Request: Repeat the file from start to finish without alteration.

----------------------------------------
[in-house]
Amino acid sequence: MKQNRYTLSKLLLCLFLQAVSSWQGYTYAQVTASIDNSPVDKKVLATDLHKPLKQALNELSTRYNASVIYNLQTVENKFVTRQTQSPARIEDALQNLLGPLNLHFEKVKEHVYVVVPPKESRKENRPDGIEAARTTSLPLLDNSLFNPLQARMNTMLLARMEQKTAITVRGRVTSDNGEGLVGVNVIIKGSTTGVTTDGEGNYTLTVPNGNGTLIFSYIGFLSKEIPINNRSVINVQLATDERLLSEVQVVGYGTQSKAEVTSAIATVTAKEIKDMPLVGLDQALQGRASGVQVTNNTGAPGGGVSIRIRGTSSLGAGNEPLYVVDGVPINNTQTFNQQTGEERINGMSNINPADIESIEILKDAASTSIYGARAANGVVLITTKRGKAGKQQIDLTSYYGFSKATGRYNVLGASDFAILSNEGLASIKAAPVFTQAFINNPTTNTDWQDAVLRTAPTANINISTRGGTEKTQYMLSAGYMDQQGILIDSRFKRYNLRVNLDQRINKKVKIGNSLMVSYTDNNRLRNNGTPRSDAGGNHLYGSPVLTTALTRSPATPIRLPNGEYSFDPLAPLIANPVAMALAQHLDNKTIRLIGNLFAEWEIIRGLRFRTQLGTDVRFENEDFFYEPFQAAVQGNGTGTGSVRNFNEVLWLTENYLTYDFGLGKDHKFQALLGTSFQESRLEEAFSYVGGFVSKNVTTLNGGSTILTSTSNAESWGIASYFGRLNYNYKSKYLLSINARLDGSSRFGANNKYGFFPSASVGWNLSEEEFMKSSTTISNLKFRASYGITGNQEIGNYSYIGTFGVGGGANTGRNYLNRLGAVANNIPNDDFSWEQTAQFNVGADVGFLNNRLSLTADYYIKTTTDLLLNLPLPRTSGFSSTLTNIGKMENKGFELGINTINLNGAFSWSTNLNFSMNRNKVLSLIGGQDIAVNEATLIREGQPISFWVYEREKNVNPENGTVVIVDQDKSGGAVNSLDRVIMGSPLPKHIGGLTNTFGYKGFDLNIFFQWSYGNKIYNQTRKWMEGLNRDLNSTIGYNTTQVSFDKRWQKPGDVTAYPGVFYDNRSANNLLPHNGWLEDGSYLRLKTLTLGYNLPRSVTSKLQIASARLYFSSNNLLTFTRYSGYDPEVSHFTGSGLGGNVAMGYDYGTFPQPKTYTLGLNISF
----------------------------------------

[in-house]
Amino acid sequence: MKQNRYTLSKLLLCLFLQAVSSWQGYTYAQVTASIDNSPVDKKVLATDLHKPLKQALNELSTRYNASVIYNLQTVENKFVTRQTQSPARIEDALQNLLGPLNLHFEKVKEHVYVVVPPKESRKENRPDGIEAARTTSLPLLDNSLFNPLQARMNTMLLARMEQKTAITVRGRVTSDNGEGLVGVNVIIKGSTTGVTTDGEGNYTLTVPNGNGTLIFSYIGFLSKEIPINNRSVINVQLATDERLLSEVQVVGYGTQSKAEVTSAIATVTAKEIKDMPLVGLDQALQGRASGVQVTNNTGAPGGGVSIRIRGTSSLGAGNEPLYVVDGVPINNTQTFNQQTGEERINGMSNINPADIESIEILKDAASTSIYGARAANGVVLITTKRGKAGKQQIDLTSYYGFSKATGRYNVLGASDFAILSNEGLASIKAAPVFTQAFINNPTTNTDWQDAVLRTAPTANINISTRGGTEKTQYMLSAGYMDQQGILIDSRFKRYNLRVNLDQRINKKVKIGNSLMVSYTDNNRLRNNGTPRSDAGGNHLYGSPVLTTALTRSPATPIRLPNGEYSFDPLAPLIANPVAMALAQHLDNKTIRLIGNLFAEWEIIRGLRFRTQLGTDVRFENEDFFYEPFQAAVQGNGTGTGSVRNFNEVLWLTENYLTYDFGLGKDHKFQALLGTSFQESRLEEAFSYVGGFVSKNVTTLNGGSTILTSTSNAESWGIASYFGRLNYNYKSKYLLSINARLDGSSRFGANNKYGFFPSASVGWNLSEEEFMKSSTTISNLKFRASYGITGNQEIGNYSYIGTFGVGGGANTGRNYLNRLGAVANNIPNDDFSWEQTAQFNVGADVGFLNNRLSLTADYYIKTTTDLLLNLPLPRTSGFSSTLTNIGKMENKGFELGINTINLNGAFSWSTNLNFSMNRNKVLSLIGGQDIAVNEATLIREGQPISFWVYEREKNVNPENGTVVIVDQDKSGGAVNSLDRVIMGSPLPKHIGGLTNTFGYKGFDLNIFFQWSYGNKIYNQTRKWMEGLNRDLNSTIGYNTTQVSFDKRWQKPGDVTAYPGVFYDNRSANNLLPHNGWLEDGSYLRLKTLTLGYNLPRSVTSKLQIASARLYFSSNNLLTFTRYSGYDPEVSHFTGSGLGGNVAMGYDYGTFPQPKTYTLGLNISF